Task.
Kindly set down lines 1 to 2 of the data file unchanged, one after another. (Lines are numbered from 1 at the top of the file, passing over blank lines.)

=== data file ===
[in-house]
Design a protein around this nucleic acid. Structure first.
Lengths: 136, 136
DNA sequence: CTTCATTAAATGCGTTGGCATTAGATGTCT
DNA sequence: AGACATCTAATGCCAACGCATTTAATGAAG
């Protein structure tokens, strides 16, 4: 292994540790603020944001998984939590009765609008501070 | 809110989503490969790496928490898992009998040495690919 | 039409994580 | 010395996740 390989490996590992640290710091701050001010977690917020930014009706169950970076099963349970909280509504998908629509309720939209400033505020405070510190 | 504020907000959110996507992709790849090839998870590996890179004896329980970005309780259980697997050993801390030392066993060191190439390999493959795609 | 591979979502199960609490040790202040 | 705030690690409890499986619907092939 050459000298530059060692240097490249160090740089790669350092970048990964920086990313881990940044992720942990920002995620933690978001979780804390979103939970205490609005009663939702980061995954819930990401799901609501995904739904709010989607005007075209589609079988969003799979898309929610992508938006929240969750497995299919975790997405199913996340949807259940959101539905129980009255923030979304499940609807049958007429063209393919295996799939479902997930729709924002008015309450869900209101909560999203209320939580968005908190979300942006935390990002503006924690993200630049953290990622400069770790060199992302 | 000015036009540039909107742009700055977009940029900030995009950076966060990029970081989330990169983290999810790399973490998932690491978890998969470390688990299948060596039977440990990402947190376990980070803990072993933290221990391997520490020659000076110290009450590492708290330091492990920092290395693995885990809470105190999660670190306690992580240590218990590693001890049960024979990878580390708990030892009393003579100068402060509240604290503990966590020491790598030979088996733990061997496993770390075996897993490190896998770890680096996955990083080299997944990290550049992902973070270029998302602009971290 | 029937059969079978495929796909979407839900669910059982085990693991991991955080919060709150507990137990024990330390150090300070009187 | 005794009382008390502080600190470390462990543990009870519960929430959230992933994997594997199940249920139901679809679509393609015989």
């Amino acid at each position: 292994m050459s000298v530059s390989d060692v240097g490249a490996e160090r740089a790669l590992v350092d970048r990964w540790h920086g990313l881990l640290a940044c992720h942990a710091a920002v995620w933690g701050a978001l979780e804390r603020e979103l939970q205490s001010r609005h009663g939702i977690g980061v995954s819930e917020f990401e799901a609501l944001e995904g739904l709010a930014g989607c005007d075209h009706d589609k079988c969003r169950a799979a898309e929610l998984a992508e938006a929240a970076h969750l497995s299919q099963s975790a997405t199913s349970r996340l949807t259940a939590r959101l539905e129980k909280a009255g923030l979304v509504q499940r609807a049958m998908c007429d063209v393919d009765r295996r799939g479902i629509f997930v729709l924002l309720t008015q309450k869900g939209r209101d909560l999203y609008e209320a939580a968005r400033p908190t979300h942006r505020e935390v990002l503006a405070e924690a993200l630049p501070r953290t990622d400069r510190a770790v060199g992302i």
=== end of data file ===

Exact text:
[in-house]
Design a protein around this nucleic acid. Structure first.